Over 85% of Australians do not want products they buy to be tested on animals before sale for human use. The scientific excuse for animal experimentation is that animal skin reacts in the same way as ours. Yet when the moral issue is raised, whether it is right to use animals in this way, the argument is that animals are not like us.
In the words of Professor Charles R Magel, "Animal experimentation rests on a logical contradiction.”
Cruelty by humans to any type of animal is so wrong the wonder is the subject has to be discussed at all. Yet pharmaceutical and chemical companies, universities and government bodies have failed to accept animal experimentation as cruel. Nonetheless, when tested chemicals react on living tissue to the extent of poisoning, burning and blinding the animals, then the cruelty factor is glaringly obvious to all but the most compassionless person.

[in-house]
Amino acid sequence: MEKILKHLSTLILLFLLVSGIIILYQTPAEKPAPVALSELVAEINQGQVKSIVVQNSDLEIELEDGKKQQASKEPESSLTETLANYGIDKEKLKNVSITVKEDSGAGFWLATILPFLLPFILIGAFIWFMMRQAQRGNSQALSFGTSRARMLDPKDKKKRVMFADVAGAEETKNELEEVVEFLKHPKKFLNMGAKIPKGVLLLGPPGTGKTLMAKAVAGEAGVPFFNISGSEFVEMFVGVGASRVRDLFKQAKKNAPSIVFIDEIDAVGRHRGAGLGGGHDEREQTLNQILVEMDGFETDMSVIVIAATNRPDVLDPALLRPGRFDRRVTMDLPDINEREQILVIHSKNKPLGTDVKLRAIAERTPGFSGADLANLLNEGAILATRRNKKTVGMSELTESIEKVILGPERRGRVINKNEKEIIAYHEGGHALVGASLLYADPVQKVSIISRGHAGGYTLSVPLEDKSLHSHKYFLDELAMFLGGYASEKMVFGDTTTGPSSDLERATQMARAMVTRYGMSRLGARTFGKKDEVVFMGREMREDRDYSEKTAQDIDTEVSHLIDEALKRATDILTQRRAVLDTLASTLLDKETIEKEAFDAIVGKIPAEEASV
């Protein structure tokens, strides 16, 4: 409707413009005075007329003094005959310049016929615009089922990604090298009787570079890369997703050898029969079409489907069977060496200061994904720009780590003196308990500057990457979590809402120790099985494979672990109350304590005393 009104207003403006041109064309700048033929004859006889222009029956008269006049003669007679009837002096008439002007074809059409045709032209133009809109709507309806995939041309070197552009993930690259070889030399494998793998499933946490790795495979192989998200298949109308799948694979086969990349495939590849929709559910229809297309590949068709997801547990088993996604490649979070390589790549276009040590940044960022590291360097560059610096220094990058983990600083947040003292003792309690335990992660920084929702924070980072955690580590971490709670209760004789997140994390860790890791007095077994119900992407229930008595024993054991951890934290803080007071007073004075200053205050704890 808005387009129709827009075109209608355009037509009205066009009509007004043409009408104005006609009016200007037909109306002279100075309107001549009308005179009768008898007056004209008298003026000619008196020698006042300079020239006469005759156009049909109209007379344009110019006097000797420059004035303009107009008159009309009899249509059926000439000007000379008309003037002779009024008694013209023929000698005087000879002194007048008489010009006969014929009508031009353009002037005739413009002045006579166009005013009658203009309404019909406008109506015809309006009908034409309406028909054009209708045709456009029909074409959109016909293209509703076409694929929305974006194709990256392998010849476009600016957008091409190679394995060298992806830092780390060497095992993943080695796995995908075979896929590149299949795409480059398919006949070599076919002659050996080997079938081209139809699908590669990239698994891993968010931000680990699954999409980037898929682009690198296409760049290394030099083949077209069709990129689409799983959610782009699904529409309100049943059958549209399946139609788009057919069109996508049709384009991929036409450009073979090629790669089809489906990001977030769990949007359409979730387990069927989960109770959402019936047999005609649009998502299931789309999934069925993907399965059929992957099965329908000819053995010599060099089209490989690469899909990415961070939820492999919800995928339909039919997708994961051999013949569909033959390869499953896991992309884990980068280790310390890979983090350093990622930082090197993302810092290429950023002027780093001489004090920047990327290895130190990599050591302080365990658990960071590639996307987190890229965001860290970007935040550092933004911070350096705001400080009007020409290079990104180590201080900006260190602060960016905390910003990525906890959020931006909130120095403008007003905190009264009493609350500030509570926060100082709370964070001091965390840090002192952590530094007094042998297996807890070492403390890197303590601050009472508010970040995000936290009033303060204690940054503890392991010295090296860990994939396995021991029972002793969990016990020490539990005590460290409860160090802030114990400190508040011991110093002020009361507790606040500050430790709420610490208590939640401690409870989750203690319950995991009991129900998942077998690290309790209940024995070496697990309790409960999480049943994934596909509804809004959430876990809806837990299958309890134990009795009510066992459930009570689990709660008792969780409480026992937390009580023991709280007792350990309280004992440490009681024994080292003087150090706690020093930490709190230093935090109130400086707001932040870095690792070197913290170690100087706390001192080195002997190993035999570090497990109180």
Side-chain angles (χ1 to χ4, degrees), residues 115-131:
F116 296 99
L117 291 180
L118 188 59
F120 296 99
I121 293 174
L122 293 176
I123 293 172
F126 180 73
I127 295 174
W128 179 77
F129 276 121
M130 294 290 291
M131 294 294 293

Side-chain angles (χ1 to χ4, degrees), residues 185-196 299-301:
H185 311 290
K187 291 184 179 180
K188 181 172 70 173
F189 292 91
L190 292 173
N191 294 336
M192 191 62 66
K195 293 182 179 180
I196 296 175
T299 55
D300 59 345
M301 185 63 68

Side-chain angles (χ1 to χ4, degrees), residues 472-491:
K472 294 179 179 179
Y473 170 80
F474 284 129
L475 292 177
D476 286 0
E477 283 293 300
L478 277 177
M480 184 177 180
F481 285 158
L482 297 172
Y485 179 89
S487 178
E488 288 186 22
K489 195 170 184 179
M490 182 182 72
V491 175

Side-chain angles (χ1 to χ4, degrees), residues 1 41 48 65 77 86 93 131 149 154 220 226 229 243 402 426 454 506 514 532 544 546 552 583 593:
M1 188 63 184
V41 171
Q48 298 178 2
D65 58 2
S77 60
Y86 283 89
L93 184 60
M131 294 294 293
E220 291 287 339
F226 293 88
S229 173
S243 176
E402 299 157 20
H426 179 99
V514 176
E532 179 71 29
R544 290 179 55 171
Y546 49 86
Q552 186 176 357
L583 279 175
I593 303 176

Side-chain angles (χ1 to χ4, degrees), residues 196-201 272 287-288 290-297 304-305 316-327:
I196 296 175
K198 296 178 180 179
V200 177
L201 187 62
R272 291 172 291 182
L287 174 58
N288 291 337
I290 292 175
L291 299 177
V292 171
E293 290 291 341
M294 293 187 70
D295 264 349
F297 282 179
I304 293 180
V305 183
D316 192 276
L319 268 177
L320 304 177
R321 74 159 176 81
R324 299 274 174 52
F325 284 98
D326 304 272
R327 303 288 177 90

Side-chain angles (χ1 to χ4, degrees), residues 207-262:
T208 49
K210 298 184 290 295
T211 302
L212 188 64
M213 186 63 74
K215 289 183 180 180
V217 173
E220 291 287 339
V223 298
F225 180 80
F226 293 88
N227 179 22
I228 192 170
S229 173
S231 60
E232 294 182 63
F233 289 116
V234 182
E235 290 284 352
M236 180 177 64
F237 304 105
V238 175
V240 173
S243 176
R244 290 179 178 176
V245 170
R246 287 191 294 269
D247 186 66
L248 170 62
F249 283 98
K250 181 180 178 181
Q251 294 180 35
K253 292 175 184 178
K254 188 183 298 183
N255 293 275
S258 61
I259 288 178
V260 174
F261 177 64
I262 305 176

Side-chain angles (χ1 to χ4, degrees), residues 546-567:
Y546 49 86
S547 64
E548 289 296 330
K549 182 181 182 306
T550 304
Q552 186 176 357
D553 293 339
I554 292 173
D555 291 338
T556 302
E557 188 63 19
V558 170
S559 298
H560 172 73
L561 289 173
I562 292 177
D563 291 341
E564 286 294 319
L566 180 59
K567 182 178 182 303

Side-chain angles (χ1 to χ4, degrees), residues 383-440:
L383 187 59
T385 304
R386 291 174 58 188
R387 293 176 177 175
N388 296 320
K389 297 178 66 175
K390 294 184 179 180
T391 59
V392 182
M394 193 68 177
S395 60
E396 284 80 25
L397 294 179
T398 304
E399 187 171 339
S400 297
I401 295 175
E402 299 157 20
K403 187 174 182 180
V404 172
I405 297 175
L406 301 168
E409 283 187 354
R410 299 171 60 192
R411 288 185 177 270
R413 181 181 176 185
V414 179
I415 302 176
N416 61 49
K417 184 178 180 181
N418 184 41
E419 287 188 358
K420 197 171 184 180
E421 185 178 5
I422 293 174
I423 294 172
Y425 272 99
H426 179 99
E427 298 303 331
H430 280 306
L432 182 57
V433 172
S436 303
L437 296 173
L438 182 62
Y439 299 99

Leading international cosmetic companies, Johnson & Johnson, Dove, Herbal Essences, Clinique, Estée Lauder, to name a few, still subject animals to these shameful practices before shipping their products into Australia. In China, where the majority of products come from, it is still a requirement by law to trial cosmetics and toiletries on animals before they can be accepted as safe for human use.
While Australian cosmetics are not tested on animals, it is still not illegal to do so. Also many imported ingredients used in their manufacture are known to be animal-tested.
But now two women in Parliament, Green's Lee Rhiannon and Labor's Tanya Plibersek are working to ring in the changes for animals, with the introduction of a private member's bill to ban all sales and imports of cosmetics carrying animal-tested ingredients, and the setting up of a national consultation with industry, scientific researchers, and high profile groups such as Humane Society International, Cruelty Free and Humane Research Australia.
Meanwhile the Body Shop has removed its products from China's duty-free shops, since the consumer group Choice found their products in Beijing and Shanghai airports, where authorities randomly run post-market tests on animals.
- Patricia Edwards
This article was published in the "Voices for the Earth" column in The Daily Examiner on May 5, 2014.